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Kerry heads to Russia in first visit since Ukraine crisis; US says he'll meet with Putin

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WASHINGTON — Secretary of State John Kerry departed Monday for Russia to meet with President Vladimir Putin, on his first visit to the country since relations between Washington and Moscow plummeted to post-Cold War lows amid disagreements over Ukraine and Syria.

The State Department said Kerry would meet Putin and Foreign Minister Sergey Lavrov on Tuesday at the Black Sea resort of Sochi. But in a sign of the considerable strains, the Kremlin said Putin's attendance had yet to be confirmed and the Russian Foreign Ministry previewed the talks by blaming Washington for the breakdown in relations.

"The Obama administration chose the path of scaling back bilateral relations, proclaimed a course of isolating Russia on the international arena and demanded that those states that traditionally follow the lead of Washington support its confrontational steps," it said in a statement.

Ukraine's crisis, it said, "was largely provoked by the United States itself."

The rhetoric hardly augured well for a breakthrough on any of the many issues dividing the U.S. and Russia. Nevertheless, both sides stressed the importance of trying to work through some of the rancor that buried President Barack Obama's first-term effort to "reset" ties with Moscow.

"This just was a time that made sense," State Department spokeswoman Marie Harf said of Kerry's scheduled meeting with Putin. She said talks would cover the civil wars in Ukraine and Syria, and ongoing nuclear negotiations between world powers and Iran.

The short trip to Sochi will be only Kerry's second to Russia since taking office. He visited Moscow in May 2013, meeting with Putin and Lavrov before the Ukraine crisis erupted and Russia annexed the Ukrainian territory of Crimea.

White House spokesman Josh Earnest acknowledged the "complicated" relationship between the former foes, but insisted they could cooperate on "interests that benefit the citizens of both our countries."

Much hinges on violence decreasing in Ukraine, however.

The Western-backed government in Kiev continues to be embroiled in a sporadic conflict between government and separatist rebel forces in its eastern regions of Donetsk and Luhansk despite a cease-fire agreement sealed in mid-February. Russia was party to that deal.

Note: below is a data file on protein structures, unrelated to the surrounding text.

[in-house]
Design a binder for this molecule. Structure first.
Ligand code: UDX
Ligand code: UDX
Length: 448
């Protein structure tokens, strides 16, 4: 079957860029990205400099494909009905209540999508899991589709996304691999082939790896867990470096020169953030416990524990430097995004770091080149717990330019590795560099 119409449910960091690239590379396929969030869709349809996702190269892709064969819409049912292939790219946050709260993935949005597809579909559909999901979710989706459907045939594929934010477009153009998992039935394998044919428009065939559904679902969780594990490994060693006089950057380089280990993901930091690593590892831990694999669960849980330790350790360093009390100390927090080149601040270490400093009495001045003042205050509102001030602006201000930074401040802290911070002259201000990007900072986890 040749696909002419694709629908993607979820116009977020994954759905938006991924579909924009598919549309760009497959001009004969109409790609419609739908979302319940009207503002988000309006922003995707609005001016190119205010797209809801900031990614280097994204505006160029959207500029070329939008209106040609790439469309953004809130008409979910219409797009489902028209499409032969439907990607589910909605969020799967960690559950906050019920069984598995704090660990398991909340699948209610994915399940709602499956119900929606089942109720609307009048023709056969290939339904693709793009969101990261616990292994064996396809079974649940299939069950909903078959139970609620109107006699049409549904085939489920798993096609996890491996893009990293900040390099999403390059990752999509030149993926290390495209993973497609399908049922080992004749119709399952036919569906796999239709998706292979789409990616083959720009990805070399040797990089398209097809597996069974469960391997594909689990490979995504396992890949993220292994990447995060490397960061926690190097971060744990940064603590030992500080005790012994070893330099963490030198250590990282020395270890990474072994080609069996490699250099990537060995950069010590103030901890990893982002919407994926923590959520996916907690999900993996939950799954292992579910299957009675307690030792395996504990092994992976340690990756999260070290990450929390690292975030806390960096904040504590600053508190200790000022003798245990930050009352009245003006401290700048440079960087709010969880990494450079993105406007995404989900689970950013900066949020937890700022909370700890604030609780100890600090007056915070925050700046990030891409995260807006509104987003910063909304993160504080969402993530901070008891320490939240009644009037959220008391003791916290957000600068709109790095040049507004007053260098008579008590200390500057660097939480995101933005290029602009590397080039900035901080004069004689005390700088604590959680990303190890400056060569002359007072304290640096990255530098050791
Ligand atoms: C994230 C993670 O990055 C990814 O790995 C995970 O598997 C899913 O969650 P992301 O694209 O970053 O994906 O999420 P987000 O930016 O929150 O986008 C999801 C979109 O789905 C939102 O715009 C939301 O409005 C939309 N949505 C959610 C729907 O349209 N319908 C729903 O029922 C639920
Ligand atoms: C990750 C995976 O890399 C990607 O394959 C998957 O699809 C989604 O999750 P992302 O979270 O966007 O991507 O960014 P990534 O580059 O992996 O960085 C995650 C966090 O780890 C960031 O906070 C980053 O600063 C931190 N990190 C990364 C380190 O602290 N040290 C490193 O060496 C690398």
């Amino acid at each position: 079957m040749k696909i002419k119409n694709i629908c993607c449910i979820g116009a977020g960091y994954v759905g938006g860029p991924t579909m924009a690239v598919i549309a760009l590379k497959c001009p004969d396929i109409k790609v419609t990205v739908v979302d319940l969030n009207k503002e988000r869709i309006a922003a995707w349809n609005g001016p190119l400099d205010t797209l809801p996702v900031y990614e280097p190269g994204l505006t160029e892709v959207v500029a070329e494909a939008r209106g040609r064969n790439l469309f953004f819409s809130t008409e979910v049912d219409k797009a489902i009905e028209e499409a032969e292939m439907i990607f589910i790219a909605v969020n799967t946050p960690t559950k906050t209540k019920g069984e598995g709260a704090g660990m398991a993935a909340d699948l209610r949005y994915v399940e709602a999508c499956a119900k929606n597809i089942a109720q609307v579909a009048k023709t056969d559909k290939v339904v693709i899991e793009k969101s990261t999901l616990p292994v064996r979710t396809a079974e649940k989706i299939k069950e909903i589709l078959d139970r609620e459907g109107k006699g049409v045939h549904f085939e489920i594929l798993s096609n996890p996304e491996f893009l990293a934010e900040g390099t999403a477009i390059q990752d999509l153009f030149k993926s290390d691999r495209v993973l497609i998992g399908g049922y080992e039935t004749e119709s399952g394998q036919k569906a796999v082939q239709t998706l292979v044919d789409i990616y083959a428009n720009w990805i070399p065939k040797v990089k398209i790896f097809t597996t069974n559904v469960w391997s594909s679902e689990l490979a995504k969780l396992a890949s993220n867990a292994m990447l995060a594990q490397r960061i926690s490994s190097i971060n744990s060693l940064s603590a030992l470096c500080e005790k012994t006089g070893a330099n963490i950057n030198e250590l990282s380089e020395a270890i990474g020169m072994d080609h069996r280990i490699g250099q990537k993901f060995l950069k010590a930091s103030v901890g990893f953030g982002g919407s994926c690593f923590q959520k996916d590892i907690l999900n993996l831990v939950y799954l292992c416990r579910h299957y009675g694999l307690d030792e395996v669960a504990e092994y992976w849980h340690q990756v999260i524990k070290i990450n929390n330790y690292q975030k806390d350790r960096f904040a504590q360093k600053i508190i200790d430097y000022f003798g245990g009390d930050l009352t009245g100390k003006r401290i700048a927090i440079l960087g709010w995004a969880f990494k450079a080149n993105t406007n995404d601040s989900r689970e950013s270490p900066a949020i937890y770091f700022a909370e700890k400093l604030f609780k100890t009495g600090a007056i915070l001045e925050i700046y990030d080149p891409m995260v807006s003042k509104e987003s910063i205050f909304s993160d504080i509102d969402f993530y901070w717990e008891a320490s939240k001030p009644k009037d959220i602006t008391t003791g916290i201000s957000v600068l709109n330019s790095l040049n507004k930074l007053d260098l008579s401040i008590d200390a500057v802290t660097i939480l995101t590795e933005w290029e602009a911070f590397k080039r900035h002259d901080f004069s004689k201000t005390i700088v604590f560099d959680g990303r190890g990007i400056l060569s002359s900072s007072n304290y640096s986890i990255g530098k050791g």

PHOTO: Russian President Vladimir Putin, right, and German Chancellor Angela Merkel attend a joint news conference in the Kremlin in Moscow, Russia, Sunday, May 10, 2015. Merkel has called during a visit to Moscow for Russia to do more to persuade separatists in eastern Ukraine to abide by a cease-fire that has been strained in recent weeks. (Kirill Kudryavtsev/Pool Photo via AP)
Russian President Vladimir Putin, right, and German Chancellor Angela Merkel attend a joint news conference in the Kremlin in Moscow, Russia, Sunday, May 10, 2015. Merkel has called during a visit to Moscow for Russia to do more to persuade separatists in eastern Ukraine to abide by a cease-fire that has been strained in recent weeks. (Kirill Kudryavtsev/Pool Photo via AP)

Western nations say Russia supports the separatists with arms and manpower, and even directs some battlefield operations — all claims Moscow denies. In return, the Russians bristle at Washington's provisions to Ukraine of military assistance in the form of hardware and training.

In late April, troops from the United States and Ukraine kicked off joint training exercises intended to help bolster Ukraine's defenses. The exercises, dubbed "Fearless Guardian-2015," sparked outrage from Russia, which described them as a potential cause of destabilization.

During a visit to Moscow on Sunday, German Chancellor Angela Merkel urged Russia to use its influence to persuade separatists in Ukraine to abide by the oft-violated cease-fire.

Ukraine says more than 8,000 people have died in the conflict that began in April 2014.

Russia has stuck firmly to the line that the Ukrainian government retains the bulk of responsibility for bringing about a settlement.

"We will use all the influence we have on the leadership in Donetsk and Luhansk to ensure the process proceeds at the required pace and attains the necessary level," Putin told Merkel on Sunday.

Diplomats in Moscow and Washington are at odds over a range of other issues.

Russia last month announced it would lift a five-year ban on delivery of the S-300 air defense missile system to Iran, drawing a hasty rebuke from the United States.

The White House said the missile system would give the Islamic republic's military a strong deterrent against any air attack. The Kremlin argues that the S-300 is a purely defensive system that will not jeopardize the security of Israel or any other countries in the Middle East.

On Syria, Russia has defied a chorus of international condemnation to remain fast to the embattled government of President Bashar Assad.

Following his stop in Sochi, Kerry will travel on to Antalya, Turkey, where he will attend a meeting of NATO foreign ministers on Wednesday. Kerry will return to Washington that same day to attend meetings between Obama and top officials of the Gulf Arab states, who are concerned by the possibility of a nuclear deal with Iran.


Associated Press writer Bradley Klapper contributed to this report.

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PHOTO: Russian President Vladimir Putin speaks at a joint news conference with German Chancellor Angela Merkel in the Kremlin in Moscow, Russia, Sunday, May 10, 2015. Angela Merkel has called during a visit to Moscow for Russia to do more to persuade separatists in eastern Ukraine to abide by a cease-fire that has been strained in recent weeks. (Kirill Kudryavtsev/Pool Photo via AP)
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